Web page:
Where did Carl “Paladino for the People” go?
Carl Paladino came charging into the New York State Governor’s race like a bull. He was taking his All-American baseball bat (a metaphor for people) up to Albany and he was going to bust corrupt politicians’ heads. Everyone, and I do mean everyone’s, head was going to roll. No one was exempt from Paladino’s political punch, including Speaker of the New York State Assembly, Sheldon Silver.
Paladino was going to shine a light on the bad guys. “And you know what happens when you shine a light on rodents, they tend to run away,” he said in a NY1 interview on September 15th, just one day after he won the primary.
Along the many twists and turns of the winding campaign road, the bat-swinging, light-shining Paladino began to change.
And on November 1st the New York Post displayed his video, “Carl Paladino…My Story From The Heart,” for all the world to see. I saw and offer the following commentary:
Setting – Paladino sits in a casual setting that gives his rehearsed speech an impromptu air. A girl, acting natural, is planted in the background to arouse curiosity.
Demeanor – Downtrodden, defeated, explanatory, all washed up, and whipped like churned butter are the impressions Paladino displays. He looks down often and covets his hands. The camera focuses on his hands, intermittently. Paladino clears his throat several times. And he speaks in an intentionally slow manner. He appears sad, pathetic, and apologetic.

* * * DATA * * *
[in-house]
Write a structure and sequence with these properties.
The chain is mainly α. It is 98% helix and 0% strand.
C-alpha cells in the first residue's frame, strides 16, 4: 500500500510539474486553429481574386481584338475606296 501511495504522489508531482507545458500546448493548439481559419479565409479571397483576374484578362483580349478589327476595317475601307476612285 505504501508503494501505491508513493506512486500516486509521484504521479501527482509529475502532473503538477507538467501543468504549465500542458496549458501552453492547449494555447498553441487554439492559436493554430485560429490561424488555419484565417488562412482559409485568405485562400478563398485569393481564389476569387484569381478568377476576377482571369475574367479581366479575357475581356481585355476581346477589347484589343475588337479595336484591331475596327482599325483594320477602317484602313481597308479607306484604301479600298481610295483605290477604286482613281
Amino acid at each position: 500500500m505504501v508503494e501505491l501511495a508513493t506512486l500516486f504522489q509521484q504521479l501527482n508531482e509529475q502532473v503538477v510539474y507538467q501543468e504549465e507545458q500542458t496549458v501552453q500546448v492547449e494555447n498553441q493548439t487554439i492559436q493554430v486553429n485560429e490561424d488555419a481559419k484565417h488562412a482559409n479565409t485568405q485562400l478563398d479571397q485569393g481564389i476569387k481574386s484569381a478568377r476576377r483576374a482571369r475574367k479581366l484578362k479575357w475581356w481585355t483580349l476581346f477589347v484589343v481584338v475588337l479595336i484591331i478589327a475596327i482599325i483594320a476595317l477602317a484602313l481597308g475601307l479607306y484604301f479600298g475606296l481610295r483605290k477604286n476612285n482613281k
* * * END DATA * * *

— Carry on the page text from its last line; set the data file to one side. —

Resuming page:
Sympathy – Paladino tries to explain, or makes excuses for, why he entered the gubernatorial race in the first place. His friends wanted him to do it. He saw people suffering. His reason for trying is, “I could do it because I had my son on my shoulder and that’s what his life was about…it was about helping people.” Paladino’s son is deceased. To see Paladino go from a fighter to playing the sympathy card is saddening. At this point in the game, it seems unnecessary.
This video appears to be one of a conciliatory speech rather than the speech of a man who is still in the game and trying to win. The speech is reflective and focuses on the past rather than the future. Gone is the gung-ho attitude, the baseball bat, and shining light. It is the last-ditch effort of a man who clearly knows he is defeated.
If Paladino loses the gubernatorial race today, let us not forget the old adage, “It is better to have tried and failed than never to have tried at all.”
NY1 News, “http://www.ny1.com/content/125512/ny1-online–carl-paladino-on–inside-city-hall–9-15-10,” NY1 News
Post Wire Services, “Carl Paladino invokes dead son in new Internet video,” NY Post